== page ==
Thursday, September 16, 2010
What Would You Bend Over For
We walked away and left the corner, only to walk by that same place 30 minutes later on our way home to find that the quarter was gone. As we walked home we ran into a woman who asked us for change to buy a coffee. Destruction looked at her and said, ``you look like you have had a really hard day.`` The unhusband reached into his pocket and gave her a toonie (two dollar coin). We headed home to our warm house, with all it`s comfort and safety.
So ask yourself how much money is too little for you to bend over and pick up: a toonie, loonie, quarter, dime, nickel, or a penny. I remember once telling one of my co-workers, that I will occasionally throw out pennies when I have amassed a ton of them because I cannot be bothered to roll them and she told me that I have never known real hunger. For her, those pennies that I was willing to cavalierly discard, represented the possibility of food or even a hot coffee.
In the smallest actions we show our class privilege and we don`t think about what we are saying or doing because it has become so normalized for us. On our way home I talked to Destruction once again about why it is important to give to those that have less and to never take for granted the wealth that we have as a family -- both in in love and economically. But even as I said these words, I knew that this is a lesson that will not stay with him, because in the West we have been trained to see those that have less as disposable people. Just as we have to actively work to bring an end to isms like racism, and sexism, classism is something that deserves our attention.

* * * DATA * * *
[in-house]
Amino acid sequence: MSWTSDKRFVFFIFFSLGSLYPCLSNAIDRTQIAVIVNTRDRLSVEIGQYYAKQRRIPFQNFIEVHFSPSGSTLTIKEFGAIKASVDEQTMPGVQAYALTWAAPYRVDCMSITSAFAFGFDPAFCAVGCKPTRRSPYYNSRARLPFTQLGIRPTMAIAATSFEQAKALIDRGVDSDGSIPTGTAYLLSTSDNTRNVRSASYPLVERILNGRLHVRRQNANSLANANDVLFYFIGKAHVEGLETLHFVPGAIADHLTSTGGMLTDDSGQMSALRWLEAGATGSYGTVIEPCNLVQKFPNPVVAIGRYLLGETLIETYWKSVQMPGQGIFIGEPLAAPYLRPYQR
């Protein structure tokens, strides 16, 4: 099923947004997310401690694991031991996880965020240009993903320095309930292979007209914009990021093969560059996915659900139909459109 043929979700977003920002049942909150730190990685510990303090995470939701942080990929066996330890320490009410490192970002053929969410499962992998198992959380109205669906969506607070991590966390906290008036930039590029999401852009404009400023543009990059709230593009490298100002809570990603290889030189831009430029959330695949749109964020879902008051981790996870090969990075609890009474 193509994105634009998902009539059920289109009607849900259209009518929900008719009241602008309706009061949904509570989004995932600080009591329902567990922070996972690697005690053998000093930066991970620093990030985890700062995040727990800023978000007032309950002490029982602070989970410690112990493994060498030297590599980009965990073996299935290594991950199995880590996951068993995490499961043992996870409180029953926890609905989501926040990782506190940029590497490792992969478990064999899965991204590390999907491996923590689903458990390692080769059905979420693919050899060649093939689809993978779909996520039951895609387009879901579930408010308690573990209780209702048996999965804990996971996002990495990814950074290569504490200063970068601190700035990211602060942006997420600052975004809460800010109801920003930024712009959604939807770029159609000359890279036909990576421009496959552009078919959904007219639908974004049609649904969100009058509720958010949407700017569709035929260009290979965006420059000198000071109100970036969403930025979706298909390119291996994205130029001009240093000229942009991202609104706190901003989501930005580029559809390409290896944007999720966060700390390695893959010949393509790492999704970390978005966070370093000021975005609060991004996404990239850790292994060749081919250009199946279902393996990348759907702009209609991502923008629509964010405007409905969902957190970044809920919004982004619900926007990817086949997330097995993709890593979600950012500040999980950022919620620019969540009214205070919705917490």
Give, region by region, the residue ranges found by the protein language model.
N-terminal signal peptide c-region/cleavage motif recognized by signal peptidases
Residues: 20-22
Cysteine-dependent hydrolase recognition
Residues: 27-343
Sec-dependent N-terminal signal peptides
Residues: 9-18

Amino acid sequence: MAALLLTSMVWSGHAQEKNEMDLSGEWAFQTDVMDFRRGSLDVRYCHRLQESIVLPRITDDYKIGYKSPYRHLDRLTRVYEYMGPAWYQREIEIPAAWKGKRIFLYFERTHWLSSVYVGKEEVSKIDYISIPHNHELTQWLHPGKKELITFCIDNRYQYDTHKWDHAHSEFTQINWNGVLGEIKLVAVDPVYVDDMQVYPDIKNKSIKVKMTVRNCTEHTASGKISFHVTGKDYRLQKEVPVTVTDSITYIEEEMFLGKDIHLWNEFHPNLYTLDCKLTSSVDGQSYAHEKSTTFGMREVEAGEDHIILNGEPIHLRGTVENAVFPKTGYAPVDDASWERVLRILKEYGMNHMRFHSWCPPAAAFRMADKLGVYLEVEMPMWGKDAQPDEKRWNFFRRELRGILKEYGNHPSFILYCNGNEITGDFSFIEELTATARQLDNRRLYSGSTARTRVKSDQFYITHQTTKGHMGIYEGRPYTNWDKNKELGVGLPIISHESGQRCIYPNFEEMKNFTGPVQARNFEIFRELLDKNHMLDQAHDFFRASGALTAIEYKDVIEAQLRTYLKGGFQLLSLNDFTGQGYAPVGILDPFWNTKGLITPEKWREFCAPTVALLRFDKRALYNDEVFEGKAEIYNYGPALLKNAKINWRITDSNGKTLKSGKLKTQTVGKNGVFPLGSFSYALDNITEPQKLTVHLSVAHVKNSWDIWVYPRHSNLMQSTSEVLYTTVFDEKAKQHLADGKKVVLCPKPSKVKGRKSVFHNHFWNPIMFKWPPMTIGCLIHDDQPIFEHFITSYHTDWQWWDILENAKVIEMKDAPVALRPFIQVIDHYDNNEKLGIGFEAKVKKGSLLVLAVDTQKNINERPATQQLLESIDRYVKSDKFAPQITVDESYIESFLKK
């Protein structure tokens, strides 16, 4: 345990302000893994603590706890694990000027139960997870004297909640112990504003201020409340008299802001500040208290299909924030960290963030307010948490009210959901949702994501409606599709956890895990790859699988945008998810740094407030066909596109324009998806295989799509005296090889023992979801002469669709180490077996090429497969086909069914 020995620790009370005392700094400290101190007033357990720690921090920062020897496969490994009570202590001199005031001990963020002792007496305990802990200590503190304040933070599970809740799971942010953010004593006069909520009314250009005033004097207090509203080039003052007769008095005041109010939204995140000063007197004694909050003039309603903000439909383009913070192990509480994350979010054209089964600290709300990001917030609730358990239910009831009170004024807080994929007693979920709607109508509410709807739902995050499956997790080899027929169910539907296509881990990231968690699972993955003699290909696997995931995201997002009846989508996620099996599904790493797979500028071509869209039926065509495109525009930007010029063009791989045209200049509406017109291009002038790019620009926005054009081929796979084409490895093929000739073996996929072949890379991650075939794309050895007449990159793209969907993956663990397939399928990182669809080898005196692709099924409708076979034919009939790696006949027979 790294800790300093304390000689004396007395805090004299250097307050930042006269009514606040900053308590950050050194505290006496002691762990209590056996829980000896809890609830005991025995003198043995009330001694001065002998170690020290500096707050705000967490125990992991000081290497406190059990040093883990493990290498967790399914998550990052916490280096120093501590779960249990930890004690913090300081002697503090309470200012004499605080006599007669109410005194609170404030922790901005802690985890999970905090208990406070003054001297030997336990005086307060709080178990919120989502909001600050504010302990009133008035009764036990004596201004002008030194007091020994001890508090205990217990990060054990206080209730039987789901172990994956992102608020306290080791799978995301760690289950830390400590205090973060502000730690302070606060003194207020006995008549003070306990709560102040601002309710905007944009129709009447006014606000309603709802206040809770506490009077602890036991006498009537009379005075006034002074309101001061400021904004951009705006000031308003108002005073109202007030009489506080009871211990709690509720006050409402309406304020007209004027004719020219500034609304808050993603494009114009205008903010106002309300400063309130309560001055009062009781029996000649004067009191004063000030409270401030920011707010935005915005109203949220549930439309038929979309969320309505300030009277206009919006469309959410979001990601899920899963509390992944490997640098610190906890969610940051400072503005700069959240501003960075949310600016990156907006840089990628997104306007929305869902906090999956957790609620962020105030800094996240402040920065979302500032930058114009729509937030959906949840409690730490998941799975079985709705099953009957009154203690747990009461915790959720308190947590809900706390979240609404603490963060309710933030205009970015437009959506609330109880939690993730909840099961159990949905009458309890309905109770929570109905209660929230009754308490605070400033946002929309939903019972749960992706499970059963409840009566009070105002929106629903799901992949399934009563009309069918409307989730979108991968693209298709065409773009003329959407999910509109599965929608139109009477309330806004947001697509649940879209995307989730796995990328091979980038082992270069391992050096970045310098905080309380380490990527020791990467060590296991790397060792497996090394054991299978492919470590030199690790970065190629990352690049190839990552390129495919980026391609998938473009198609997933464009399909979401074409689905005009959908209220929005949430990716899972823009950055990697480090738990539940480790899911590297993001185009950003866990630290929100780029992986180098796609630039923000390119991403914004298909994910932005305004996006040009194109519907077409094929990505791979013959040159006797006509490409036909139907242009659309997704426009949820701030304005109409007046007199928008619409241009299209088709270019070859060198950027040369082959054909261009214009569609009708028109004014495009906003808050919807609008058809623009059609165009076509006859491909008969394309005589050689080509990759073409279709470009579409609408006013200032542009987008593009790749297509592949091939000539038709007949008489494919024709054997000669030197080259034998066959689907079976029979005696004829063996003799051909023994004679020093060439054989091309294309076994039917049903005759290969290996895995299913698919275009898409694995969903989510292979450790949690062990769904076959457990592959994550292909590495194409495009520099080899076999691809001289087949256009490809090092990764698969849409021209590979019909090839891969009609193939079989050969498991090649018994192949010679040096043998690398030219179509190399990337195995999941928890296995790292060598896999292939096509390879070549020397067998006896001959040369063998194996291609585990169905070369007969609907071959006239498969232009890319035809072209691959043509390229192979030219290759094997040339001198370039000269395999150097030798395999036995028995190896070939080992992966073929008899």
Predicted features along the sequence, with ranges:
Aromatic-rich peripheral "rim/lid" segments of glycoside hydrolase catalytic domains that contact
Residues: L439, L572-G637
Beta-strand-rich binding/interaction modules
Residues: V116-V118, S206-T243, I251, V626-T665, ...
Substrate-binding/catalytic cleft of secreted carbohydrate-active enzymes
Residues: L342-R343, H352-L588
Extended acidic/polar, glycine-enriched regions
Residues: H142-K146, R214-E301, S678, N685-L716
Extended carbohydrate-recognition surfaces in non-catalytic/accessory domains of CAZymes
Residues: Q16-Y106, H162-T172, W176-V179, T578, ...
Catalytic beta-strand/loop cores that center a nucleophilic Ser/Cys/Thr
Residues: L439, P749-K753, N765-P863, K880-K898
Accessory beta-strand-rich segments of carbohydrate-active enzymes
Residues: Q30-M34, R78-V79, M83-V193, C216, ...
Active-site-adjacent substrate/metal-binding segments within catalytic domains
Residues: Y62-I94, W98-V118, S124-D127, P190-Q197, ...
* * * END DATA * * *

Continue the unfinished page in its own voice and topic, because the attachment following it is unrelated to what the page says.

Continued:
It`s about more than taking the excess vegetables from your garden to the soup kitchen, or donating your old clothes. It`s about looking at the world around us and understanding that everything that we have, that we believe that we have worked so hard for comes at a cost. It`s about recognizing that a system exists that purposefully impoverishes people. There is a constant mantra that people just need to work harder and that they will be handed the keys to the kingdom, yet it is clear that meritocracy does not create wealth. Many people are working a full time job and a part time job and are still unable to meet their basic subsistence needs. There are people with full time jobs that are homeless. Poverty is everywhere we look, if we care to see it.
For me personally, classism is one of the isms that I have great difficulty acknowledging and perhaps this is why it continually slaps me in the face. In the neighbourhood in which I live, the school is one of the worst in the region and so parents that have the ability, either pay a tuition fee to enroll their children in a French school, or they scheme and find a way to drive their children across town to go to a better school. The kids that stay at the local school are not loved any less by their parents, they simply don`t have the options that the unhusband and I do. If a child in my neighbourhood speaks French, there is a very good possibility that their parents have access to a decent income. Even with this knowledge, I easily assumed that my neighbours would be sending their daughter, Mayhem`s best friend to the French school. They cannot afford it, but fortunately they have a car, so their child will be driven across town to go to a better school.
I thought that we could use this thread to talk about the times that we have become aware of our class privilege and talk about ways of remembering the ways in which our situation defers from those right next to us. I also think it would be great if we could talk about how to bring more attention to issues of class.